That's right folks: it's another Game of Thrones article to add to your open tabs this morning. Here at IMAGE, we've stayed relatively quiet on the GOT front since the beginning of the final season last month, but that's mostly because we've been using up all material over our tea. Seriously — Tuesday mornings for anyone who doesn't watch the show in the office is a nightmare. But as we are being dragged kicking and screaming to the end of the biggest TV show of all time, the penultimate episode proved too much for simple morning chats — we need an entire article to let out the feels.
Season 8, episode 5, fittingly titled 'The Bells', is sure to go down as one of the most controversial episodes in GOT history. Loose ends were tied up (in both satisfying and infuriating ways — more on that in a minute), battles were fought, death, life, secrets, betrayal, escapes, love, family — it's all in there! While controversial, you cannot argue that The Bells was not one of the most amazing spectacles ever shown on TV.
Needless to say, there are major, major spoilers ahead, but to be honest, if you've clicked on this piece, you have no business complaining. Let's get to it.
"Jon, you're being an idiot"
When Jon arrives to Dragonstone to join Daenerys before their battle at King's Landing, it is revealed that his secret is out — Varys knows that he is the true heir to the Iron Throne, and voices his concern about Daenerys' ability to rule. But Jon is still sitting back on that same line he's been peddling for the last series and a half — "she is my queen". Yes, alright Jon, she's your queen, but would it kill you to open your eyes a bit? The woman is literally turning into a villain before your eyes, your entire family have told you that she's not to be trusted, and you're still putting the blinkers on. Ygritte really knew what she was on about when she said you know nothing.
Let it be fear
Our first look at Dany this episode sees her descending quickly into what looks like a good case of lunacy. Having not eaten since the death of Missandei, the queen looks wan, pale but not without the fire of rage in her eyes. She knows Varys has betrayed her, and predictably punishes him with what she does best (getting her dragon to burn him alive), but arguably, the most unsettling moment of the episode is when she is alone with Jon later that night. “Far more people here love you than me,” she says. “I don’t have love here. I only have fear.” Jon tries to reassure her, but when he makes it clear that he only loves her as his queen and nothing else, Daenerys delivers the most withering of looks. "All right then. Let it be fear". My stress levels were at 10,000 at this moment. Jon, if you knew anything, you'd know to get the hell out.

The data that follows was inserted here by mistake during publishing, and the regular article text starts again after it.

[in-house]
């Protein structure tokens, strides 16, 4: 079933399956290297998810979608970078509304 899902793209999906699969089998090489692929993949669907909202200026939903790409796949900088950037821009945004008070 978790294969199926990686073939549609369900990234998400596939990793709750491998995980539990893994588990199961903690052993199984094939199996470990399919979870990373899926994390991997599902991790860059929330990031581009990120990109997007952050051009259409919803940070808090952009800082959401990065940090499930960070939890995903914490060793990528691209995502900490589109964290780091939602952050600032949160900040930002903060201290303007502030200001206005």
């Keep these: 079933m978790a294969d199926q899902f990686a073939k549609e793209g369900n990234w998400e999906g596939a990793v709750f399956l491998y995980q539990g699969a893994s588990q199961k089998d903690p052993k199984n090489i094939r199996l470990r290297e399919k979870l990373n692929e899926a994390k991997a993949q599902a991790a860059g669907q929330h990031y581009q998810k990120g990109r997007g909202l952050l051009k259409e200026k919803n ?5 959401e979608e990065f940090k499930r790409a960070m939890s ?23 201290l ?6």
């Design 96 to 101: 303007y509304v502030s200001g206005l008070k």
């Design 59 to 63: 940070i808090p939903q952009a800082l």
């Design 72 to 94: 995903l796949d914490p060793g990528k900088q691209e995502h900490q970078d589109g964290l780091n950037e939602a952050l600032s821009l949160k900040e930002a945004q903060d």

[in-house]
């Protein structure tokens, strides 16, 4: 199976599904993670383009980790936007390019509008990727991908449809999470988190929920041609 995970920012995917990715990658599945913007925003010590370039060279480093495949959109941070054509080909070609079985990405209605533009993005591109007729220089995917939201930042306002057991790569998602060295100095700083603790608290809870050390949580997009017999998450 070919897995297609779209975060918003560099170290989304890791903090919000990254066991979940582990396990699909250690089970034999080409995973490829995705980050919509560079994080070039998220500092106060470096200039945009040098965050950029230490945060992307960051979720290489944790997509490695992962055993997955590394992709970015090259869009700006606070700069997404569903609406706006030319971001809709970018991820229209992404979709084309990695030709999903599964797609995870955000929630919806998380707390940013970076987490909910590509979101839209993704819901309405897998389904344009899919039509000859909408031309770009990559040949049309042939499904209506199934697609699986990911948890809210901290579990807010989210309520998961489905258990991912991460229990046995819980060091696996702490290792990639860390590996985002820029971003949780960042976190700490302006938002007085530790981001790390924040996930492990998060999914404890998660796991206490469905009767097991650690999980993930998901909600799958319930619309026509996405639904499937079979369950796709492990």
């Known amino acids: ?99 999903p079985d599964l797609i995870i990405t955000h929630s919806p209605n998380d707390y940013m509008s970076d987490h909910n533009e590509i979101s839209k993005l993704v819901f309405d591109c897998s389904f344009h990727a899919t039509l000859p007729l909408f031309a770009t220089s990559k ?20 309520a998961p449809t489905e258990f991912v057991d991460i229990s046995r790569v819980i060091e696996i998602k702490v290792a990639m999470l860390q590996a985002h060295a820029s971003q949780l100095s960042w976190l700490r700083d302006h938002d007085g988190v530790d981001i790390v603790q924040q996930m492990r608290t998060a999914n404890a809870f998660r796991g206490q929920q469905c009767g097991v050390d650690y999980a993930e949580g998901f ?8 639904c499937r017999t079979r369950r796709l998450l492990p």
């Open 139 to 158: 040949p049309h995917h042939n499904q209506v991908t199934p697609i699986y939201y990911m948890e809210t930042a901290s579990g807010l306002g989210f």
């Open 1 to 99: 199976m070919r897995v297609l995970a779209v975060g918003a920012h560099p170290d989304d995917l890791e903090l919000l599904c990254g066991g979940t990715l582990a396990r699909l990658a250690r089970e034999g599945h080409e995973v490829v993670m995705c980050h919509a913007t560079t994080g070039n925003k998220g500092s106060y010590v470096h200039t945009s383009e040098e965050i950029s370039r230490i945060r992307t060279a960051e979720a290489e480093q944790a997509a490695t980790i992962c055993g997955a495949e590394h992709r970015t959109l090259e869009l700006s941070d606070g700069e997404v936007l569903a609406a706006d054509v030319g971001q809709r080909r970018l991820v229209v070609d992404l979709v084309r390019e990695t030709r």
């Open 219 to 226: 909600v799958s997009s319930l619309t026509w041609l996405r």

"Tyrion, you are really being an idiot"
Let me preface this by saying that over the seven series, Tyrion has always been my favourite character. Smart, sassy and an excellent drunk — he's like what I imagine myself to be on a night out. But so far in season 8, the idiocy has really jumped out with this one, and I'm not sure how we've gotten to this point with Tyrion being so willfully stupid. Forget the start of the episode when he snitched on Varys because he is still blindly loyal to Dany, but Tyrion's plan to free his brother Jaime and let him steal away into King's Landing to escape with Cersei really takes the cake here. Tyrion, are you actually well? Cersei is stone-cold evil, and Daenerys isn't far behind her at this point. Are you really going to let one of these women escape her fate, and the other one absolutely destroy you when she finds out that you let it happen? I still have big love for Tyrion, but lord, if he isn't getting on my nerves here.